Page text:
No “one size fits all” solution exists for exposure measurement. Researchers who seek to address similar clinical questions for the same chronic condition may use different approaches to measuring exposure to the treatments of interest.1-5 For example, in evaluating the association between use of inhaled corticosteroids (ICS) and fracture risk in patients with chronic obstructive pulmonary disease (COPD), the period used to define exposure to ICS ranged from ever having used ICS to use during the entire study period to use in the last 365 days to use in the last 30 days. In addition, exposure was characterized dichotomously (e.g., ever/never) or categorically, based on the amount of exposure during the measurement time periods. These examples show that methods for measuring exposure, even for addressing the same clinical question, can vary. Thus, the intent of this chapter is to identify important issues to consider in the determination of exposure and describe the strengths and limitations of different options that are available given the nature of the research question.

Conceptual Considerations for Exposure Measurement

Linking Exposure Measurement to Study Question

A study's conceptual basis should serve as the foundation for developing an operational definition of exposure. That is, if the objective of the study is to examine the impact of chronic use of a new medication on patient outcomes, then the measurement of exposure should match this goal. Specifically, the definition of exposure should capture the long-term use of the medication and not simply focus on a single-use event. The exposure measurement could include alternative measures that capture single-use events; however, the exposure measurement should be able to distinguish short-term use from long-term use so that the primary study question can be adequately addressed.

Examining the Exposure/Outcome Relationship

The known properties of the intervention of interest also should guide the development of exposure measures. It is helpful to lay out a theoretical and biological link between the exposure and the event/outcome of interest that draws from the study's conceptual framework. The biological mechanism of action, whether known or hypothesized, should guide the development of the exposure definition. If the primary exposure of interest in the analysis is a medication, it may be relevant to briefly describe how the pharmacology, the pharmacodynamics (the effects of medication on the body), and the pharmacokinetics (the process of drug absorption, distribution, metabolism, and excretion from the body) informed the exposure definition. For example, in a comparison of bisphosphonates for the prevention of osteoporotic fractures, the exposure definition would need to be tailored to the specific bisphosphonate due to differences in the pharmacokinetics of the various medications. The definition of exposure for ibandronate, which is a bisphosphonate indicated for osteoporosis administered once per month and has a very long half-life, would likely need to be different than the definition of exposure for alendronate, a treatment alternative that is administered orally daily or weekly. When operationalizing exposure to these two medications, it would be insufficient to examine medication use in the last week for identifying current use of ibandronate, but sufficient for current use of alendronate. Analogous scenarios can be envisioned for nonpharmacological interventions. For example, in a study examining a multivisit educational intervention for weight loss, the effect of the intervention would not be expected until individuals participated in at least one (or some) of the sessions. Therefore, it would not be appropriate to create an exposure definition based on registration in the program unless subject participation could be verified.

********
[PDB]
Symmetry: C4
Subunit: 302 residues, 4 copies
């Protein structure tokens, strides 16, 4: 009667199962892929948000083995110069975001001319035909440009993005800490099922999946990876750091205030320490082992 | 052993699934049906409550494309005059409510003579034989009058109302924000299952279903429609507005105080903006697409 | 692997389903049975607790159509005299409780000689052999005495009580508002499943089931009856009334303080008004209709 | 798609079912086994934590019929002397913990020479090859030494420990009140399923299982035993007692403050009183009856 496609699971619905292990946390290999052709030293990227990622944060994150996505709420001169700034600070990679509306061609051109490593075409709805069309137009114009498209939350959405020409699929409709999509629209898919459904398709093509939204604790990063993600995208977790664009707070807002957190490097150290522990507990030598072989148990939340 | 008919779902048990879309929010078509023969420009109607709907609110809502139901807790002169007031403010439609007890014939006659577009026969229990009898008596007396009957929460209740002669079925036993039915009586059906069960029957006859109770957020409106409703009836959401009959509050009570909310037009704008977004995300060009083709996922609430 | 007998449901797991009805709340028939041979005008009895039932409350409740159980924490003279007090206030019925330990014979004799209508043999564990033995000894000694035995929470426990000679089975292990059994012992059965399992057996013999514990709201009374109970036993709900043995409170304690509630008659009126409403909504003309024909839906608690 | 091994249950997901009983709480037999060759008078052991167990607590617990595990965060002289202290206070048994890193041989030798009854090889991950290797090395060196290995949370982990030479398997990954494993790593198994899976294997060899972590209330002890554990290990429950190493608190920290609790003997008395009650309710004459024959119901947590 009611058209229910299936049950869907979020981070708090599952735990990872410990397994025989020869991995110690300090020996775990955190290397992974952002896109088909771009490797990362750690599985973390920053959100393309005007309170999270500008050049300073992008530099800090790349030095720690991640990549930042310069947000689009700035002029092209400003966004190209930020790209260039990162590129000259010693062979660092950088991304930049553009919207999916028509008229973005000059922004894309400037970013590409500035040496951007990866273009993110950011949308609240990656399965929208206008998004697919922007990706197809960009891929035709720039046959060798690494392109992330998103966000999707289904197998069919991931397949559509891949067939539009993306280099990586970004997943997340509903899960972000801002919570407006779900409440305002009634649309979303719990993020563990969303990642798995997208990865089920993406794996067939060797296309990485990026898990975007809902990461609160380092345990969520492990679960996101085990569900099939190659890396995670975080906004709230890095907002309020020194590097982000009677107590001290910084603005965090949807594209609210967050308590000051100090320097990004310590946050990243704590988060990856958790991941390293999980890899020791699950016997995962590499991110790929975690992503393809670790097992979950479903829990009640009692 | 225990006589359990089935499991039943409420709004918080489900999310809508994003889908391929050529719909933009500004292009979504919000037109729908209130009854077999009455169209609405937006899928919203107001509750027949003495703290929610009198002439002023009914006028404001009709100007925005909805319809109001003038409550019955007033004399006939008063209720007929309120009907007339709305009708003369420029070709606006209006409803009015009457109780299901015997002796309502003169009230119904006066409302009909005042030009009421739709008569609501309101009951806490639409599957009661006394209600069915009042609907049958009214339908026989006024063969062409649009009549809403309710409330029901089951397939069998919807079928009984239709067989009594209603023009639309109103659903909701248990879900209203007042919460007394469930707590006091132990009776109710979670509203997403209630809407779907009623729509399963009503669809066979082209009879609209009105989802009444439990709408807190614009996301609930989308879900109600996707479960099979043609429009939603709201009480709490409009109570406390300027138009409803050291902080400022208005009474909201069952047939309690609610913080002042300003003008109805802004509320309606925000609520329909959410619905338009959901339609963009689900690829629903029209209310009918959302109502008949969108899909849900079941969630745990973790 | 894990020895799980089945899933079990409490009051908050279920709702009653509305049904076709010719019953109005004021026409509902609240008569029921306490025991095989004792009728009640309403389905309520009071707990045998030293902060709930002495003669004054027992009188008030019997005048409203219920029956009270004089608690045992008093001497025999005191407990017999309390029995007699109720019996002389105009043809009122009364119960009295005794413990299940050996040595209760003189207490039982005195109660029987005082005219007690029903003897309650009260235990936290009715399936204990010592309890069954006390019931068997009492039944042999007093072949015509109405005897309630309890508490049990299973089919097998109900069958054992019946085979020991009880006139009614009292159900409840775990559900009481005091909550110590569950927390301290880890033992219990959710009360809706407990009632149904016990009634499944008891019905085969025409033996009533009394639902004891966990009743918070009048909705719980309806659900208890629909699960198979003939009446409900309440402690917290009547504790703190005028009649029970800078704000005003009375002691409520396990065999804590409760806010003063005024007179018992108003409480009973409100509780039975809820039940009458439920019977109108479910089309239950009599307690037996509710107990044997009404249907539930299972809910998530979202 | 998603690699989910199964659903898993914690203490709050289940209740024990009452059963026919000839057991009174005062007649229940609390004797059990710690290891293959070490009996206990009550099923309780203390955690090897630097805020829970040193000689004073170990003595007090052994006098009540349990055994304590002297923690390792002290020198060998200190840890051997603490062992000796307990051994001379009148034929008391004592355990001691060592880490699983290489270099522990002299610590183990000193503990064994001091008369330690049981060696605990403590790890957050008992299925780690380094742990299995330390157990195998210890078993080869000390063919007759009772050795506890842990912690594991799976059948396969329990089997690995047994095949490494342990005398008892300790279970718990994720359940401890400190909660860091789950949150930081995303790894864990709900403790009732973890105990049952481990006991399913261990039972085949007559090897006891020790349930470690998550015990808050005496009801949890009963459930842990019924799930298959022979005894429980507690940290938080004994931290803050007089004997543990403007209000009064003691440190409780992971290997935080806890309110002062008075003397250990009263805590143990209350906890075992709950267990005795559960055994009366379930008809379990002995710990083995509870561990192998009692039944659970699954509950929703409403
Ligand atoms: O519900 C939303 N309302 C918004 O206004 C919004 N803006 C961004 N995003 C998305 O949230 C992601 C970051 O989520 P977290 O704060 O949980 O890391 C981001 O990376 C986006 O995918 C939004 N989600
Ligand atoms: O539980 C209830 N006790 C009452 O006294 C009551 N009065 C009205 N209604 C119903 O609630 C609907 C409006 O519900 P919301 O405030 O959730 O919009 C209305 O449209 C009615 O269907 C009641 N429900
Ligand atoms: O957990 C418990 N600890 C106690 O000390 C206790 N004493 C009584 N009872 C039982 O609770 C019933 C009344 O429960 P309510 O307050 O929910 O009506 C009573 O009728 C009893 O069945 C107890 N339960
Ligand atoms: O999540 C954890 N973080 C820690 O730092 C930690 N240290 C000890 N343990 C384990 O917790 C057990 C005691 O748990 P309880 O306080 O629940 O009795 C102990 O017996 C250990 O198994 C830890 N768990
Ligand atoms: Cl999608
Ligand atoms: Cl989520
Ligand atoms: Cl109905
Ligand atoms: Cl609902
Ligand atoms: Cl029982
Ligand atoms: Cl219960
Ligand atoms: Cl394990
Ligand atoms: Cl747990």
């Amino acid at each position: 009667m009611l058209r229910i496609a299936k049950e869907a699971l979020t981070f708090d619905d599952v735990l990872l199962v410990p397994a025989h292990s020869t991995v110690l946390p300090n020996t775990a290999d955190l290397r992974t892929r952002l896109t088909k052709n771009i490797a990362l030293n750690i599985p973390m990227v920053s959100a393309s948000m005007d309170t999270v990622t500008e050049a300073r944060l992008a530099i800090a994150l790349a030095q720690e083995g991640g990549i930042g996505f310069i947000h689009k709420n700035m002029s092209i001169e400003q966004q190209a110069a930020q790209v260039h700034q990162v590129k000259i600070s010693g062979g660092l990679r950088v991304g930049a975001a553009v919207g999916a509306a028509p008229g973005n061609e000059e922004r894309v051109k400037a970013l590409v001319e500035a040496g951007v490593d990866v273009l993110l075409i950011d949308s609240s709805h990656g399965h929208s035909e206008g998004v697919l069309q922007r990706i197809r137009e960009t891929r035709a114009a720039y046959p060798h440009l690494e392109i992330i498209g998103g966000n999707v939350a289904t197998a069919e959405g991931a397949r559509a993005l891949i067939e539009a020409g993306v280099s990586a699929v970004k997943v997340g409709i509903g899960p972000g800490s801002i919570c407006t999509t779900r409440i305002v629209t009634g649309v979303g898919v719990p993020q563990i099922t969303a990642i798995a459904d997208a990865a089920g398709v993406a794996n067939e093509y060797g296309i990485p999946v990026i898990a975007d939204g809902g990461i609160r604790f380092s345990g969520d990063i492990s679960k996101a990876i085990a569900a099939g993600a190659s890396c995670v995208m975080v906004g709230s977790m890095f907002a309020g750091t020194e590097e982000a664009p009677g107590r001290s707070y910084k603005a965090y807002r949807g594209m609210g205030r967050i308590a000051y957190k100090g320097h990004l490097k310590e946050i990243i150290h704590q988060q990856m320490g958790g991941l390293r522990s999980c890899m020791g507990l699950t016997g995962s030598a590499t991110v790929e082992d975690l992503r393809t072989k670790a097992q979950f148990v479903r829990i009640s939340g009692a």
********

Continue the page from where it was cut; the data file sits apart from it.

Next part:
Examples of Exposure/Outcome Relationships

As noted above, it is helpful to lay out a theoretical and biological link between the exposure and the event/outcome of interest that draws from a conceptual framework. Several examples of exposure and event relationships are displayed in Figure 4.1. These panels show how an exposure might be associated with an increased likelihood of a benefit or harm.

Figure 4.1. Examples of exposure(s) and risk/benefit associations.

Figure 4.1

Examples of exposure(s) and risk/benefit associations.

The first column (A–C) shows multiple exposures over time where the timing of the exposure is not consistent and stops midway through the observation period. Panel A shows a scenario in which there is a “threshold effect”—where the benefit (or risk) associated with the exposure increases after a specific amount of exposure and the level of benefit/risk is maintained from that point forward. In defining exposure under this scenario, it would be important to define the cumulative amount of exposure. For example, if evaluating the comparative effectiveness of antibiotics for the treatment of acute infection, there may be a threshold of exposure above which the medication is considered effective treatment. In this case, the exposure measurement should measure the cumulative exposure to the medication over the observation timeframe and define individuals as exposed when the threshold is surpassed (if the exposure variable is dichotomized).This situation contrasts with that in Panel B, in which the association between the exposure and the effect decreases rapidly after the exposure is removed. This type of association could be encountered when evaluating the comparative effectiveness of antihypertensive medications for blood pressure control. In this case, there may be (a) some minimum amount of exposure necessary for the medication to begin to have an effect and (b) an association between the frequency of administration and effectiveness. When the exposure is removed, however, blood pressure may no longer be controlled and effectiveness decreases rapidly. In operationalizing this exposure-event association it would be necessary to measure the amount of exposure, the frequency with which it occurred, and when exposure ended. In panel C, there is an increase in the likelihood of the outcome with each exposure that diminishes after the exposure is removed. This may represent an educational weight loss intervention. In this example, continued exposure improves the effectiveness of the intervention, but when the intervention is removed, there is a slow regain of weight. Similarly to Panel B, it is important to consider both the timing and the amount of exposure for the weight loss intervention. Because the effectiveness diminishes slowly only after the exposure is removed, it is important to consider a longer exposure window than when effectiveness diminishes rapidly.